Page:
What’s the alternative? To stay stuck and unfulfilled? You are worth so much more than that.
We are never stuck unless we stop trying and stop caring. And I know you care because you’ve read this far… I’m speaking to YOU!
Now, this doesn’t mean that moving abroad is the right choice for everyone. I wasn’t even sure it was the right choice for me. Maybe the change you’re craving is closer to home. Finding a mentor, getting involved in a new professional network, putting in for that promotion at work, starting a fitness routine, asking that cute person out from the coffee shop, embarking on a new hobby.
Or maybe you’re scared yet intrigued by the prospect of starting a new business or moving across the country to start fresh. Lost in your career? This career test from CareerFitter is a fabulous way to get clarity.
Whatever lights you up inside when you think about it is worth your time and energy. Let me say that again. If it’s worth it to you, then it’s worth pursuing. Period.
You’re the one in control of your life… until you stop trying to make the changes for yourself that you so desperately want. No one else has to understand. It’s your life.
Always know I’m in your corner rooting for you. I believe you can go after what you want. I’m proof that you can do it even if you’re unsure and don’t have anything figured out. You’re not alone.
If there’s something nagging at you to try something new, why not go after it now? Today. Start making a plan. Big or small, start taking the steps to make that change for yourself that you so desperately crave. Why the heck not? Change is scary, but my gosh, it’s so worth it.
Beautifully written, Diane. I needed to hear this today. Thank you!
Perfect, I’m so glad you found it at the right time. Thanks for taking the time to read it
Michael James Lenington says
I took classes in French for four years in Dallas, Texas and it never caught on. I can read some of it, but I have no one to speak to and my accent is terrible. I was considering a two week school in France. Do you have any opinion if this would be a good idea or if you think so, can you recommend a French language school. I’m retired, age 76, so I don’t have any time restraint schedules.
I agree wholeheartedly with everything you said! I can relate to the empty feeling of working a dead-end soul-crushing job and going through the motions until something clicks and makes you question if this is it. I felt a very similar feeling to yours before taking the jump to France – but 4 years after you did it! Thank you so much for this post. It’s extremely helpful and reassuring, and I know I won’t be the only one to think it. Take care, Diane. ☺️
Thanks Alyssa! Glad I could be reassuring. Whether we go right or left, it’s always eye opening because we learn something along the way and that is never a waste. I’m glad France worked out for us both!
Truly one of your best and most inspiring posts.
I was a Fullbright exchange teacher for a year in Scotland. Not my location of choice. A difficult year indeed but never regretted having done it.
I only wish I had taught inFrance instead! I may have never left.
Thanks Joann, very kind of you. I’m sure Scotland was a blast. Can’t wait to go back!
I really needed to hear this today, a gloomy Sunday literally and figuratively……thanks for posting this. It really came from the heart and it showed. Genuine stuff. Also thanks for saying your mailbox is open, I appreciate that. These days I think we all need to help each other, even people we don’t necessarily know, as many of us feel trapped weather in a job or a relationship, or in our house.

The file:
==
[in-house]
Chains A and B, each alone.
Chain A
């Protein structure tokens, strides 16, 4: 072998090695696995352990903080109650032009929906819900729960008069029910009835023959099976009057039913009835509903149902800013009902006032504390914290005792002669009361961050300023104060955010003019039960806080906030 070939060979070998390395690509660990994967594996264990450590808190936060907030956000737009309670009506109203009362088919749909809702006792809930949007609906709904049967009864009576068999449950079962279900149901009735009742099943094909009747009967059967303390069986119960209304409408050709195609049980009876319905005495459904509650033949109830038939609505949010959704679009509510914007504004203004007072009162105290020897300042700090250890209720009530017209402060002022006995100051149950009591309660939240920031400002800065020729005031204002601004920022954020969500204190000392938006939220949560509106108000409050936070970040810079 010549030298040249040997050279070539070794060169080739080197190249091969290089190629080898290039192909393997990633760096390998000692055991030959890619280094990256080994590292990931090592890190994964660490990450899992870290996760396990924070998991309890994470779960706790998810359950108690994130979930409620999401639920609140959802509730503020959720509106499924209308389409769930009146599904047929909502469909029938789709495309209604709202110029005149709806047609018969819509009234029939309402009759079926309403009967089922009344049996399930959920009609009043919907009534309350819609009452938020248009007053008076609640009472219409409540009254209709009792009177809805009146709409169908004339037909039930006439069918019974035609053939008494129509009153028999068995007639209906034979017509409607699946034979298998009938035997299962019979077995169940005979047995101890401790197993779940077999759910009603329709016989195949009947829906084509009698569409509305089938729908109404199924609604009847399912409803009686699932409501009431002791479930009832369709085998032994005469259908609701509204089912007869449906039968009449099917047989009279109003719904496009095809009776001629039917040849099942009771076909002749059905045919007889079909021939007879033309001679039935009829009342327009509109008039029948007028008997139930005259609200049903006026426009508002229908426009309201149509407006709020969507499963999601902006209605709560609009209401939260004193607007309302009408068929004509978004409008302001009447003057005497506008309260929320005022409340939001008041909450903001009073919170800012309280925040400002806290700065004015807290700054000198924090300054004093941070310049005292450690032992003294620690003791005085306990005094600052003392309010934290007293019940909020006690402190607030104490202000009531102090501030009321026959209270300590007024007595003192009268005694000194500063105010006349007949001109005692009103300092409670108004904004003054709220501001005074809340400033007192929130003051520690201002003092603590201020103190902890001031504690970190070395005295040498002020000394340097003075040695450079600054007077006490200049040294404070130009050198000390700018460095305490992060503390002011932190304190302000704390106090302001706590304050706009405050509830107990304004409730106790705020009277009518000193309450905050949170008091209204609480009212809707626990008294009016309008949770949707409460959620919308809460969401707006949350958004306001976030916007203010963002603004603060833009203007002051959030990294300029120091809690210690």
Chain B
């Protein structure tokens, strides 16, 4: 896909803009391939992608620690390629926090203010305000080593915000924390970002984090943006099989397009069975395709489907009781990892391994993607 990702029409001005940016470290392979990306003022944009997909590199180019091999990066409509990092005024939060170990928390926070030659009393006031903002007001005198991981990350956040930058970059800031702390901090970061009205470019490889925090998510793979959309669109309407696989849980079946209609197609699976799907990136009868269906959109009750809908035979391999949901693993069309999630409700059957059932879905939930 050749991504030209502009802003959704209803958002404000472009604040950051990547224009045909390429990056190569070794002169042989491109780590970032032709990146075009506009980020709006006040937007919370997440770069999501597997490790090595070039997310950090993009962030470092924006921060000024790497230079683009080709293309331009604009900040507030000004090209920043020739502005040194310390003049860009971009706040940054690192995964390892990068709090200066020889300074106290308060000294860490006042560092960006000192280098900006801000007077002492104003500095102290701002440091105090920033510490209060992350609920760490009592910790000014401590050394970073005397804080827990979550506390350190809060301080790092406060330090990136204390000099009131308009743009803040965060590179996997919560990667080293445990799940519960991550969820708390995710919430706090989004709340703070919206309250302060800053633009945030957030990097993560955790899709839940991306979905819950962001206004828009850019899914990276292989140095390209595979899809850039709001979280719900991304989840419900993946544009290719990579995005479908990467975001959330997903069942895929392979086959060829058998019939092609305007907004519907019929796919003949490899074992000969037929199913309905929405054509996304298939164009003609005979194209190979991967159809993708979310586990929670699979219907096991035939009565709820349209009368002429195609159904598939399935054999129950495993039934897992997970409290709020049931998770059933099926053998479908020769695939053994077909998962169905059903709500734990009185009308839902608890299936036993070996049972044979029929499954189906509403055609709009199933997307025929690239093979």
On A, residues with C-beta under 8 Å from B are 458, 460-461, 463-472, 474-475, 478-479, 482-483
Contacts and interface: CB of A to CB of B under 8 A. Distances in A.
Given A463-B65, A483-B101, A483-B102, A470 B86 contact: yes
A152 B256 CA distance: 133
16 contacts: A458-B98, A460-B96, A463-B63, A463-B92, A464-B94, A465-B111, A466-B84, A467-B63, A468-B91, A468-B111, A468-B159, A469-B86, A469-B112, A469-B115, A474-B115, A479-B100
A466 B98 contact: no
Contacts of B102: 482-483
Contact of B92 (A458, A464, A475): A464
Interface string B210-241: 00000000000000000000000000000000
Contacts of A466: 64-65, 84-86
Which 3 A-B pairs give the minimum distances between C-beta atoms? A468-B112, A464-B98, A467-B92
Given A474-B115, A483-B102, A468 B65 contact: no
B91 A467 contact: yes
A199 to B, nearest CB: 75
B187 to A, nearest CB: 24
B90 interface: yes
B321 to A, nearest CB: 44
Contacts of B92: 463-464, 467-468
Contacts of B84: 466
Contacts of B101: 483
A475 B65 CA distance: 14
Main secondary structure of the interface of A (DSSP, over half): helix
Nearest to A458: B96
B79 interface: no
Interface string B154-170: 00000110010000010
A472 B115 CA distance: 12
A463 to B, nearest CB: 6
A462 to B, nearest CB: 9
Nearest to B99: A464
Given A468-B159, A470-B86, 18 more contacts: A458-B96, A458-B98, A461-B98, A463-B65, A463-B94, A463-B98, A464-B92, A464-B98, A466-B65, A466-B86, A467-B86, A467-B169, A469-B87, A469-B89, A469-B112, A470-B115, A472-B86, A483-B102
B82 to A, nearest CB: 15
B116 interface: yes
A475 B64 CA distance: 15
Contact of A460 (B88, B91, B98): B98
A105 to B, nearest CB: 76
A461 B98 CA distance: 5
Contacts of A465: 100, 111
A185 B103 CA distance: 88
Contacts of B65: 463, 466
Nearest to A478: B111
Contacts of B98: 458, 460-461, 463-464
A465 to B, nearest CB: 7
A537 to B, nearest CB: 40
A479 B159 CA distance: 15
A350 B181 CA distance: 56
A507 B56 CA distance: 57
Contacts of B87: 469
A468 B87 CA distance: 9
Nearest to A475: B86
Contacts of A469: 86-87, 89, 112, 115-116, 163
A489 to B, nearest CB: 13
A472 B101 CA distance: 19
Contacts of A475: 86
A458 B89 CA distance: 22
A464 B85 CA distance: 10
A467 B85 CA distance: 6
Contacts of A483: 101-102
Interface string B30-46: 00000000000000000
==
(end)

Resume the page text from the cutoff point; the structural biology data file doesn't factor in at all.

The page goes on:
So happy this post spoke to you, Stephanie! I felt pulled to write it this morning on a whim, so it means a lot that it landed where it was intended. 😉 I mean it about my inbox.
This is a helpful reminder as often when we’re embarking a change we feel it necessary to seek a consensus but that can be confusing as friends and family mean well but cannot understand your reasons for wanting to make that change. I chose to retire to France and a lot of my friends questioned my decision and gave lots of advice but In the end you’re the captain of your ship and if it does not work out you would have learnt something along the way. So far it’s working out and that’s all that matters .
Aussie Jo says
Am I in control, sometimes I wonder
This is an awesome reminder at a time where many of us feel like *nothing* is under control. Thank you for the inspiration!
I think the first step is to acknowledge whatever doesn’t work for you just doesn’t wok for you, regardless of what other tell you. I see many people miserable in their corporate job because, well “you’ll get a pension!” I’m not saying van life or busking is for everyone but there are many ways to explore to find happiness 😉
Thanks for sharing, Diane. I enjoyed reading this very much and it is a good reminder that we can make change to our loves – even small ones like having a new hobby – to improve our feelings. I think you were very brave taking on such a challenge as a country shift but I am glad you did, I love reading about your journey!
So good. I had the opportunity and the money to follow my heart but fear was louder than my heart. I’m still disappointed in myself. Darn fear. I’m always proud of people even if they’re strangers when they follow their heart.
I loved reading this, Diane! I think it’s really easy to get sucked into the 9-5 corporate routine, and I’m glad you found a way out when you wanted to, and took that leap. I also always love how honest you are about living abroad, as it’s so often romanticized. Thanks for being a positive part of the blogging world in many ways!
This came at a time when I absolutely needed to hear it. I am getting ready to take that leap (a small hop, actually, but it feels like I’m jumping off a cliff), and I am scared to death. Thank you for writing this so that I could hear it.
So happy to hear that, Mel. Sending you virtual support. 😉